Muslim mom says speaker who told class to remember 'jihad' is 'wake up call' & 'political Islam has joined radical left'
A MUSLIM mother has warned "political Islam" has "joined with the radical left in hijacking our schools" after graduates were told to remember "jihad".
Asra Nomani said a speech by Abrar Omeish is "indicative of this radicalization that is happening within school boards and school districts and schools across the country" and should be a "wake up call."
Nomani told Fox News on Tuesday: "It's something parents in Fairfax County, Virginia are very alarmed about…this is a wake-up call to everyone across the country that they've got to be vigilant in our school districts."
The former Wall Street Journal columnist called Omeish's speech to students at Justice High School "really depressing."
She added: "Omeish, I know her very well, I'm also a Muslim.
"Her father and the elders of the community that brought her to office are part of this network of political Islam in America that has joined together with the far left in order to create a trojan horse to basically hijack our schools with their radical ideology."
Omeish, a member of the Fairfax County School Board in Virginia, addressed students on June 7, telling them they were entering a world ruled by "white supremacy".
Parent Gary Aiken said: "I think it's important for your viewers to know that Abrar Omeish’s comments here are incendiary comments, are not the first example of divisive and anti-Semitic rhetoric.
Aiken claims Omeish had previously shared anti-Semitic posts.
"And this caused huge outrage among over 250,000 Jewish Americans here in Northern Virginia and it sparked outrage across all political lines and there were calls for her to apologize.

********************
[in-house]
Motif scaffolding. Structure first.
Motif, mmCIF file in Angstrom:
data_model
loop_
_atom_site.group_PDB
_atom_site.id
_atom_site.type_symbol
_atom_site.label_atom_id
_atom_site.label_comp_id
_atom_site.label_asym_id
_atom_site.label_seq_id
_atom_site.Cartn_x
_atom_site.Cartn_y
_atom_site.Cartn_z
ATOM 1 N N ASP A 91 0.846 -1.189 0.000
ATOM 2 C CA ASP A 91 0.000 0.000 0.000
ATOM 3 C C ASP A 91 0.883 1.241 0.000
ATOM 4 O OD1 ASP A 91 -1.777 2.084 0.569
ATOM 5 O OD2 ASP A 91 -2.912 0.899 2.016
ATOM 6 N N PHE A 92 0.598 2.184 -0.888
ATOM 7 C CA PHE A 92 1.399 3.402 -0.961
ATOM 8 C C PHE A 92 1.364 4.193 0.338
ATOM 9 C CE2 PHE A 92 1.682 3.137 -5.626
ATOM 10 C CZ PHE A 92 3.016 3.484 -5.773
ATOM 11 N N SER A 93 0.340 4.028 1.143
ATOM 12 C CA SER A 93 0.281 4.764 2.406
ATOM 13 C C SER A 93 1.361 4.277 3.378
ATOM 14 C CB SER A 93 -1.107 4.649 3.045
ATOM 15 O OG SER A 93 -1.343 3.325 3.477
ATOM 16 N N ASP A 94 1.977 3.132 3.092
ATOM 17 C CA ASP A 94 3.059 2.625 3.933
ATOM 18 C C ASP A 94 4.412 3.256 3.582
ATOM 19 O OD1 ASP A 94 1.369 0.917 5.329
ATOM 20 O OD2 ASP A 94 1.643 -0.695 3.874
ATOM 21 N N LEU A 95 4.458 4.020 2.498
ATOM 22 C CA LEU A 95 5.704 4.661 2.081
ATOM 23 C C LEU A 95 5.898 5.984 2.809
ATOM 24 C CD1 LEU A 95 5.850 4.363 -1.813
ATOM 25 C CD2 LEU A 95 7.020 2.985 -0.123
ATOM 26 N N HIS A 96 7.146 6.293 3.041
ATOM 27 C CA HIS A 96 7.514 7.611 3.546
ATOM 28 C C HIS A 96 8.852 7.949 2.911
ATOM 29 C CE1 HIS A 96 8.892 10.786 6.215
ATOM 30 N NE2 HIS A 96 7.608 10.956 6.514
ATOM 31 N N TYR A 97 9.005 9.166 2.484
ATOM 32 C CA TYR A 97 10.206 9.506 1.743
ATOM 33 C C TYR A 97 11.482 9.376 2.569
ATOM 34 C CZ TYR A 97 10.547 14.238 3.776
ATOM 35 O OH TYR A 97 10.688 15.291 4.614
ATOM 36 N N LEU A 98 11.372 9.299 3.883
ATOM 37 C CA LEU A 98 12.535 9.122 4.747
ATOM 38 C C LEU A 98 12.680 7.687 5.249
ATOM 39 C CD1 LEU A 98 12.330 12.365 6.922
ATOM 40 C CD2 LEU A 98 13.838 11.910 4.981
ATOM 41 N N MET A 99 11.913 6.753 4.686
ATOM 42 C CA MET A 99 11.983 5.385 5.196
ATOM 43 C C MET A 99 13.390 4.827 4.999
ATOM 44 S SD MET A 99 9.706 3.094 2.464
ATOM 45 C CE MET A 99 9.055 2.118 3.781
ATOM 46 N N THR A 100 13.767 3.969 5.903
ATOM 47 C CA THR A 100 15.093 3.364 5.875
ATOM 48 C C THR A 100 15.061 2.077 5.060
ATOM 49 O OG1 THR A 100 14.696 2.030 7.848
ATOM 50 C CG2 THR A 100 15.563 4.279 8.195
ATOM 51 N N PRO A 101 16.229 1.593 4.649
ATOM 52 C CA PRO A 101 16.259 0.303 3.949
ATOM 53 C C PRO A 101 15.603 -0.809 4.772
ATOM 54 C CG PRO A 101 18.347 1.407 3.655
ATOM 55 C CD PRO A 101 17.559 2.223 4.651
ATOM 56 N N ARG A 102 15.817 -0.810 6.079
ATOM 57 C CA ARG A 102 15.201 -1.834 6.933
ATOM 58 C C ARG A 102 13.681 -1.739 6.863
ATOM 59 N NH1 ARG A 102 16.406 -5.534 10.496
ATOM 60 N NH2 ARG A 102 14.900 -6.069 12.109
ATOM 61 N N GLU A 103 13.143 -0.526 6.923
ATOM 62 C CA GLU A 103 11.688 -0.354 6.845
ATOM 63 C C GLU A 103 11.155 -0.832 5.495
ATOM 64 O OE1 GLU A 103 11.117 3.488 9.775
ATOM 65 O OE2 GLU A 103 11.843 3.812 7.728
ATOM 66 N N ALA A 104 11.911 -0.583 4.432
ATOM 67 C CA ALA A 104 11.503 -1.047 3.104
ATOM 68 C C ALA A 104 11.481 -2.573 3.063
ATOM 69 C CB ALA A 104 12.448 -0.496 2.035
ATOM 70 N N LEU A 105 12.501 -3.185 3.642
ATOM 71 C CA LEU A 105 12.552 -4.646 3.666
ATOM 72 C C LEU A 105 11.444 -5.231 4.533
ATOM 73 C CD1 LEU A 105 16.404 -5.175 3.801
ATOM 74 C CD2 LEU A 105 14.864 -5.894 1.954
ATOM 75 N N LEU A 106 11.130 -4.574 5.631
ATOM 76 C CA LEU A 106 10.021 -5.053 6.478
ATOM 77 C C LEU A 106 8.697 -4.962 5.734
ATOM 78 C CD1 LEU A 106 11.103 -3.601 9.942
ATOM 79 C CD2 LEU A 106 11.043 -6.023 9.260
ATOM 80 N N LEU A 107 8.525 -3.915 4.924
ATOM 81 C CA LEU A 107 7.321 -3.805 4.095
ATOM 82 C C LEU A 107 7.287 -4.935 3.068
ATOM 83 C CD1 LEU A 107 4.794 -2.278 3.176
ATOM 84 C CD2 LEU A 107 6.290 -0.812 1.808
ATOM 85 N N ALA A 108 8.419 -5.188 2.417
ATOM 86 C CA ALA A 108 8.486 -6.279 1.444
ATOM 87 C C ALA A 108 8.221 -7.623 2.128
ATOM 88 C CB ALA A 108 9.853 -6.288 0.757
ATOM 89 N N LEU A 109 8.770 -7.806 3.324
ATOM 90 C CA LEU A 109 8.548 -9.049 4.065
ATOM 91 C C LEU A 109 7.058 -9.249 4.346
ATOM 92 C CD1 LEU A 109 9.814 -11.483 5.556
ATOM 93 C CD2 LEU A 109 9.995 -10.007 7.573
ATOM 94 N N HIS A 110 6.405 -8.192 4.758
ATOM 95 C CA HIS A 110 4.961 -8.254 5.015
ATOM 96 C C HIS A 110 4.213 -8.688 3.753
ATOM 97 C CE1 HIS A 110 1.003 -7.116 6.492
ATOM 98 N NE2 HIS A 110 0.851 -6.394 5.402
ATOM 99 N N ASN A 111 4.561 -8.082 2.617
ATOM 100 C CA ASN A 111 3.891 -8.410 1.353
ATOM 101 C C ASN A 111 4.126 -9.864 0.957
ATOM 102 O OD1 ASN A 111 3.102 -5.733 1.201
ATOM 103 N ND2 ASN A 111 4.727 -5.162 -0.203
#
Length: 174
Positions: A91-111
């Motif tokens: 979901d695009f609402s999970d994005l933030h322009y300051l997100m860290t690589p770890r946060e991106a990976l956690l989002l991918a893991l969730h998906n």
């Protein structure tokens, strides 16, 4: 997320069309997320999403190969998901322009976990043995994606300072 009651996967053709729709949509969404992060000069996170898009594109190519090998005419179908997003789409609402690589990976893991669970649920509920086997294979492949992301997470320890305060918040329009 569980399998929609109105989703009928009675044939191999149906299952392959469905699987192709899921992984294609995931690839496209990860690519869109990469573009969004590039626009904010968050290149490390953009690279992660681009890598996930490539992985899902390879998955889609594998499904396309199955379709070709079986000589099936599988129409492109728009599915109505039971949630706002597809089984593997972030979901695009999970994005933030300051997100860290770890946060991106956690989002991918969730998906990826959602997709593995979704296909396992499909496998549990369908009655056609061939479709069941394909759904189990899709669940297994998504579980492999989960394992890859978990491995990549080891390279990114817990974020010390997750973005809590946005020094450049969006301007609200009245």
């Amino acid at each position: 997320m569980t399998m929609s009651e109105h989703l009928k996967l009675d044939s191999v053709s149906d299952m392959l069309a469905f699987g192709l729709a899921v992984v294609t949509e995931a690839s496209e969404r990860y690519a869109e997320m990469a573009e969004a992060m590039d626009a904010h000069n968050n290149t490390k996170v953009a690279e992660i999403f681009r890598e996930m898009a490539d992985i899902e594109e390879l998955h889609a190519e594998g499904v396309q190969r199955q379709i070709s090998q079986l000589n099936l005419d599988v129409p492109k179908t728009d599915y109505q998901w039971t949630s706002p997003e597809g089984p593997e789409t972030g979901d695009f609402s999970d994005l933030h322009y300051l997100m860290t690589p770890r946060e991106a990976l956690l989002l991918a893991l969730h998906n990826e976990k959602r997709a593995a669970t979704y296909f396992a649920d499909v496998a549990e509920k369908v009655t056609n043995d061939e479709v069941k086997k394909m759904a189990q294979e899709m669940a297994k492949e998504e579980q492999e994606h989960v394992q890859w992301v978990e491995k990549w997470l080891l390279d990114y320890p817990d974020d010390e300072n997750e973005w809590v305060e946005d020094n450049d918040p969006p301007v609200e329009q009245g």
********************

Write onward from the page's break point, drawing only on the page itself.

"She offered no apology. She doubled down on it," he added.
Omeish told the students in English: "The world sees the accolade, the diploma the fruit of all your years yet be reminded of your struggle."
But when she repeated the speech in Arabic, she warned the pupils to remember the word "Jihad" – which means holy war in Islam. It also means a crusade for a principle.
Omeish warned the class that they were entering a world ruled by “white supremacy and capitalism”, MailOnline reports.
In her speech, she told students: "We struggle with human greed, racism, extreme versions of individualism and capitalism, white supremacy growing wealth gaps, disease, climate change, extreme poverty amidst luxury and waste right next door and the list goes on.
"The world may try to quiet you by deciding for you what's cool, what's weird, what is or isn't objective.
"It may try to convince you that what you hold dear is too different to be accepted. But who gets to decide.
"You are walking into a world that will be uncomfortable when you seek to cause good trouble. And that may seek to intimidate you or make you think the truth is controversial."
Omeish was elected on to the school board in November 2019 aged 24.
But, she faced calls to resign from the Fairfax County Republican Committee after she posted a tweet attacking Israel.
Last month, she said: “Hurts my heart to celebrate while Israel kills Palestinians and desecrates the Holy Land right now.”
Omeish, who was the first Muslim woman to be elected on to the school board, felt she had to speak out against the violence, Reston Now reports.
She said at the time: “Being the only Muslim voice, I felt tremendous pressure and it’s not like I didn’t anticipate backlash.”
The committee chair called for Omeish to resign and backed a parent-led campaign to recall her.
Melanie Meren said she was “aghast” and “appalled” as she branded Omeish’s remarks “alienating” to the community.
The school board member alleged she was a victim of “police brutality” in March 2019 after she was stopped by cops for turning right on a red light.
She claimed she was dragged and pepper-sprayed from her car and forced to remove her headscarf, The Washington Post reports.
In 2017, Fairfax school board voted to change the name of the high school from J.E.B Stuart High School to Justice High School.
Jeb Stuart, of Virginia, was a former Confederate States Army general during the American Civil War.
Stuart died during the Battle of Chancellorsville in 1864.
A petition on Change.Org to change the school name reached almost 40,000 signatures.
Over 70 percent of the students at the school come from a Hispanic, black, Asian, or multiracial background, according to The Washington Post.
Board members voted 7 to 2 to change the name.
A Fairfax County School Board spokesperson told The Sun: "Individual School Board members have a First Amendment right to share their personal views at any public event at which they are invited to speak.
"Their personal opinions do not reflect or represent the views of the Fairfax County School Board or the school division."
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